This is how your brain’s motor system interprets sounds

wo women listening to headphones

Have you ever wondered why when you hear music your foot taps to the beat? Or, how your brain fills in conversations at a loud event when you can only catch a few words of what people are saying? Scientists report that understanding the human brain is one of their greatest challenges. However, recent research offers news insights: This is how your brain’s motor system interprets sounds.

Operates like a computer

Scientists compare the brain to a large computer. It receives information from your senses and nerves, processes it and sends messages back throughout the body. However, unlike a machine, the brain also can recognize emotion and movement to impact responses.

Motor system process

The area of the brain that directs movement is called the motor system. It allows you to see with your eyes, touch objects with your hands, or use your legs to walk. These actions assist the brain in making connections to things you already know. But when it comes to hearing, scientists had minimal knowledge about how it works with the motor system, until recently.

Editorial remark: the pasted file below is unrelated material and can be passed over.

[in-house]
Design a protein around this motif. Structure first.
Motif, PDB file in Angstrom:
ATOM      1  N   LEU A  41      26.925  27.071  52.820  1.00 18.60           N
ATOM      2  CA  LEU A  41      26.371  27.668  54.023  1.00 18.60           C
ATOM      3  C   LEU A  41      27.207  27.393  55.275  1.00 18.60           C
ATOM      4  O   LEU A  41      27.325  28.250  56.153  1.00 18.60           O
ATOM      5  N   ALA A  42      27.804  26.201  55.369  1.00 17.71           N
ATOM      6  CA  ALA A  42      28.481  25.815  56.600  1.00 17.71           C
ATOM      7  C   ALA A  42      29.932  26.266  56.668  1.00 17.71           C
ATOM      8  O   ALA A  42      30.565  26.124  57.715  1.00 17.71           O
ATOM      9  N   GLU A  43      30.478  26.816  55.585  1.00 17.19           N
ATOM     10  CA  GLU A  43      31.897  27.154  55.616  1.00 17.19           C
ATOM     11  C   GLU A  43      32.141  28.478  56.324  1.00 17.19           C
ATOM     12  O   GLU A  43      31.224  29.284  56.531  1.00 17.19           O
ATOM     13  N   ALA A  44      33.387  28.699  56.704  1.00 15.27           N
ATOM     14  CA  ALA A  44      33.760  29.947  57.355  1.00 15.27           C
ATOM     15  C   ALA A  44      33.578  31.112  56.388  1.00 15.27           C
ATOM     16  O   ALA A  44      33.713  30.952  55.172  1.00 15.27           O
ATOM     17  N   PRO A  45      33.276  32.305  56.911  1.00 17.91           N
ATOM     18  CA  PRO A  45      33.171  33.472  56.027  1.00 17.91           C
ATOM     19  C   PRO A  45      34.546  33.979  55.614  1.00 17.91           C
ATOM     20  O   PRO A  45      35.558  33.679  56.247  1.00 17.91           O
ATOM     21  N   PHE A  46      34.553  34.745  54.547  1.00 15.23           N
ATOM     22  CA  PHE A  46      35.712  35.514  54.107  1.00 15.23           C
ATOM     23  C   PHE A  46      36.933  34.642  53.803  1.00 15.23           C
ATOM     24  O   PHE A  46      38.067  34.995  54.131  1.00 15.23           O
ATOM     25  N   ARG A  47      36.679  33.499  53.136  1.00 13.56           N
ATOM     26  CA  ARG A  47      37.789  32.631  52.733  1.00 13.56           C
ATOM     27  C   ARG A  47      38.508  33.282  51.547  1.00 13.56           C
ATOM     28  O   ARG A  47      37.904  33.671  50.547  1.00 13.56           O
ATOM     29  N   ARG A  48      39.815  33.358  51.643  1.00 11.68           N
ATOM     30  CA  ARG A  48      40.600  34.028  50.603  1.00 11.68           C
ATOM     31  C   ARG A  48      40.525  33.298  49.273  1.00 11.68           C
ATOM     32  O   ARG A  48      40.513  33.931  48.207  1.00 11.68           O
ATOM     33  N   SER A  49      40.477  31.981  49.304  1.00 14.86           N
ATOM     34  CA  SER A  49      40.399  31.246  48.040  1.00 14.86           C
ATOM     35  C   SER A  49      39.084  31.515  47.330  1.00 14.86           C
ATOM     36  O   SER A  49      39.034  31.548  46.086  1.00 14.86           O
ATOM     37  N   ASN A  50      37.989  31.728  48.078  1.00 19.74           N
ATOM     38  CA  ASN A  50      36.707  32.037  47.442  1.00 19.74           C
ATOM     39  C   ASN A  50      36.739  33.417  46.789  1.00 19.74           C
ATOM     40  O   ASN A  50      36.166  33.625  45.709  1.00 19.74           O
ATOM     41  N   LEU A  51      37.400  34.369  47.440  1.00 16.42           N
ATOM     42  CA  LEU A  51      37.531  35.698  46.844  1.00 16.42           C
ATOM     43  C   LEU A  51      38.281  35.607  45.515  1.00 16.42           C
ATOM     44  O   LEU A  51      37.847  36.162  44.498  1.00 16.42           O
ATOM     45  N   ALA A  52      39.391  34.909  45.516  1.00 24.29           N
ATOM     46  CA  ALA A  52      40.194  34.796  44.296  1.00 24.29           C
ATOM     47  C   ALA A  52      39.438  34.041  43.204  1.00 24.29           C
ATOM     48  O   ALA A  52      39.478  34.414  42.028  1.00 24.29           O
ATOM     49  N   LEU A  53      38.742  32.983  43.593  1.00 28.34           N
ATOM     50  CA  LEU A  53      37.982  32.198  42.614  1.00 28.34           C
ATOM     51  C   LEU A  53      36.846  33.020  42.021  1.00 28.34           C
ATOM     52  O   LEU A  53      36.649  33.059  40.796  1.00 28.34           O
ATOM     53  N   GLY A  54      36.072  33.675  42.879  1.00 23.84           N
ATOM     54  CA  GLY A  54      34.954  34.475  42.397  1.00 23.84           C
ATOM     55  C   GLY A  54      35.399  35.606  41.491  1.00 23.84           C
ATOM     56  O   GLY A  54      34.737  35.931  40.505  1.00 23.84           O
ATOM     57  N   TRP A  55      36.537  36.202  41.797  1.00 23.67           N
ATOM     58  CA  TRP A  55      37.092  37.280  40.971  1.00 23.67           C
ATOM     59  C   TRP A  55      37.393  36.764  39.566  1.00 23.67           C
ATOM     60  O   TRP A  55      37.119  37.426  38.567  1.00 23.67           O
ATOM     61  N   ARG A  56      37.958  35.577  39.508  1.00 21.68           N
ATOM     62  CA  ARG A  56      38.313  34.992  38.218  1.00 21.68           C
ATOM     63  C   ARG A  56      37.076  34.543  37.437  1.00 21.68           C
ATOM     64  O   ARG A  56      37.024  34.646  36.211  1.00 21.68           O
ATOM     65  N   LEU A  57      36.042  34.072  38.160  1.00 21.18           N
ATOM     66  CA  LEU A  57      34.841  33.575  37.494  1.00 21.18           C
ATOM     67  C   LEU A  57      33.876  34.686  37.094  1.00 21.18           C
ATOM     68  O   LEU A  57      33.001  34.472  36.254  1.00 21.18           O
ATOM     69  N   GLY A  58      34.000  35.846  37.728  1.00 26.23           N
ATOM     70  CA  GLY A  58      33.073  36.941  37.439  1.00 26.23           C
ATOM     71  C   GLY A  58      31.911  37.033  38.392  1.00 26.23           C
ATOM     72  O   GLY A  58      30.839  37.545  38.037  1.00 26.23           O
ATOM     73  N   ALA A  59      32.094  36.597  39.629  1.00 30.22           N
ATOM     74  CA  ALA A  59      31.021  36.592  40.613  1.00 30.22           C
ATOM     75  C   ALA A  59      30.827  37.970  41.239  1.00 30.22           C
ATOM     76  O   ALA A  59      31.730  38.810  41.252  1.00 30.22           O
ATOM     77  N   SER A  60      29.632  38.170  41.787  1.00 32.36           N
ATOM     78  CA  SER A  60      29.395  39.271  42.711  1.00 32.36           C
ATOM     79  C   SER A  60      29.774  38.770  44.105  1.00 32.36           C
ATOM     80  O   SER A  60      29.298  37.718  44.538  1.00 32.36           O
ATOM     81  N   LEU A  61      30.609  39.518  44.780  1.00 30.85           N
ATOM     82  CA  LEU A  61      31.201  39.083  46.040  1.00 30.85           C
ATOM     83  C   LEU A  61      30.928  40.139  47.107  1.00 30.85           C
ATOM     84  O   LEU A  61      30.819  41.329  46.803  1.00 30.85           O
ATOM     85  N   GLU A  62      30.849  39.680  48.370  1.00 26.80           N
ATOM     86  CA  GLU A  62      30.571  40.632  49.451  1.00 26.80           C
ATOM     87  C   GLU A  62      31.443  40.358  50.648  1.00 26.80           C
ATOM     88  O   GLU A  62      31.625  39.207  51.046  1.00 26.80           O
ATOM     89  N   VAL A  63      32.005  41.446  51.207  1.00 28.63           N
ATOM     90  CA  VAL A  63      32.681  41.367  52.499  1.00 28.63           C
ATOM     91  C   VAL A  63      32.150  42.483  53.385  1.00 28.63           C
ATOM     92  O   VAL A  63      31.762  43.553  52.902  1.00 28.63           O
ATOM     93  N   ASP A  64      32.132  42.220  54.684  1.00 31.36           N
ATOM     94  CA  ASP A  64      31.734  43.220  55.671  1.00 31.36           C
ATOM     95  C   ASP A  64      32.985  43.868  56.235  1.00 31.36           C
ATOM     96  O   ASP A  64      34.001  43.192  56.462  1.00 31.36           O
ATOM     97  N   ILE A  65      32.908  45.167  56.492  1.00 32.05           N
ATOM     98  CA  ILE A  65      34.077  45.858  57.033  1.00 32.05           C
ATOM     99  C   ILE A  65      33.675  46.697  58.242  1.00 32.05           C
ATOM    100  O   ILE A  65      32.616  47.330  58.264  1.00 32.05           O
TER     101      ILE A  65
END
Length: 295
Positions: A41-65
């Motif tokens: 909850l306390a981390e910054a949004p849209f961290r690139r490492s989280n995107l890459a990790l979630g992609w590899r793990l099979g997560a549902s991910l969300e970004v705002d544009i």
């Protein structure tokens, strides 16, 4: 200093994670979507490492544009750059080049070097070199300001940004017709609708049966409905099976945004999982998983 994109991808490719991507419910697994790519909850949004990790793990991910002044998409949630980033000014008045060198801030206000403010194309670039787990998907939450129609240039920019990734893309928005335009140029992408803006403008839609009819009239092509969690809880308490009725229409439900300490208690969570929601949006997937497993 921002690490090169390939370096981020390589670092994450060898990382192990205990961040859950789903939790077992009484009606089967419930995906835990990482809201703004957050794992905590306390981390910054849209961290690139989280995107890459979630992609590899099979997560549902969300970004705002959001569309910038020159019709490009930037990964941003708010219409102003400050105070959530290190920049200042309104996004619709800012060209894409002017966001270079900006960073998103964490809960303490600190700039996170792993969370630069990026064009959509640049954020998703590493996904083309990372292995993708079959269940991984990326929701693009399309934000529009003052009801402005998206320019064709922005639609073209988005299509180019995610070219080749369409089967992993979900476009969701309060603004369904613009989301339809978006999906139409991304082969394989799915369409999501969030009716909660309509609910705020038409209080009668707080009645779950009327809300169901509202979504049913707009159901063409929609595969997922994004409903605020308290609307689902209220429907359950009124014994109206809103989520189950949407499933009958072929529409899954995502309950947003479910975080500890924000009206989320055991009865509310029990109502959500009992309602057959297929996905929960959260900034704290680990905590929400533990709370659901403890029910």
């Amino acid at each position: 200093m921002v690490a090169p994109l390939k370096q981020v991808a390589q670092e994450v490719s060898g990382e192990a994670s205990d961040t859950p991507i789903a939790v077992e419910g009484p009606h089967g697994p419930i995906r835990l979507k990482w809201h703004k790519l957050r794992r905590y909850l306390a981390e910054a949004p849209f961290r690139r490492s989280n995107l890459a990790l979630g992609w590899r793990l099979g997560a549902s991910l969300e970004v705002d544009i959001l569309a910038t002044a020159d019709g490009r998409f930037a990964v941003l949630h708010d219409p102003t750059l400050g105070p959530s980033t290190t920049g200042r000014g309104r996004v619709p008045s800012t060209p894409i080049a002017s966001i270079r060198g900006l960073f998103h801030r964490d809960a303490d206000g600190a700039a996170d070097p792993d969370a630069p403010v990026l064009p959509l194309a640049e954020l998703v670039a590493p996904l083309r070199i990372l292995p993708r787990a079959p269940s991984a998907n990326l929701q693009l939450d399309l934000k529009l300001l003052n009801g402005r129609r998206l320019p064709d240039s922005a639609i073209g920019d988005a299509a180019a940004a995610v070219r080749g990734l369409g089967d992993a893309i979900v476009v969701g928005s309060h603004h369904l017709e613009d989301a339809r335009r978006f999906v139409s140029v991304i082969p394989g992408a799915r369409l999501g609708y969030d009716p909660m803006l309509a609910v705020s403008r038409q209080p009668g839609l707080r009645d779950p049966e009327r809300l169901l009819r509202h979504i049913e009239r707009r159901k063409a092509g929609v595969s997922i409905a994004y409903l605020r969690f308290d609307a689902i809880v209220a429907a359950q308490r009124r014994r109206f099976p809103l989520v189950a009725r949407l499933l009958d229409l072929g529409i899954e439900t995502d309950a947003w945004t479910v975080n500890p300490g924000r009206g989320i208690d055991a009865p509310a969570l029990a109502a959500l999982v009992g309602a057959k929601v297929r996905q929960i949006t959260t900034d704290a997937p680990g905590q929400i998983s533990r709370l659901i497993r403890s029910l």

Studies explore sound and brain connection

Researchers at the Montreal Neurological Institute at McGill University in Canada studied 21 participants while they listened to complicated tone sequences. They were connected to a machine that recorded brain reactions, and were asked to indicate whether a target melody was at a higher-pitch or lower-pitch than a specific tone. A series of distracting sounds also was played to determine the brain’s ability to focus on the target melody. In one part of the study, the participants were completely still, and in the second part, they tapped the rhythm on a touchpad.

Brain signals

The study revealed that the brain’s motor system anticipated when a sound would occur, and sent this information to the hearing area to interpret the sound. The motor system accurately sent these directions in both parts of the study. However, the scientists discovered that the hand-tapping exercise, in part two, improved brain performance.

Completes conversations

Through this study, researchers determined how the brain interprets visual and auditory cues to fill in missing words in conversations, which is especially helpful in loud environments. Scientists discovered that the eyes watch for nonverbal signals, such as lip movement and head tipping, and the ears catch voice pitch and tone. The brain’s motor system then uses this information to complete sentences.

Future study

Researchers are doing additional studies to further understand the motor system’s function, with the goal of improving treatment for people who struggle with hearing or speech comprehension.


U.S. National Library of Medicine

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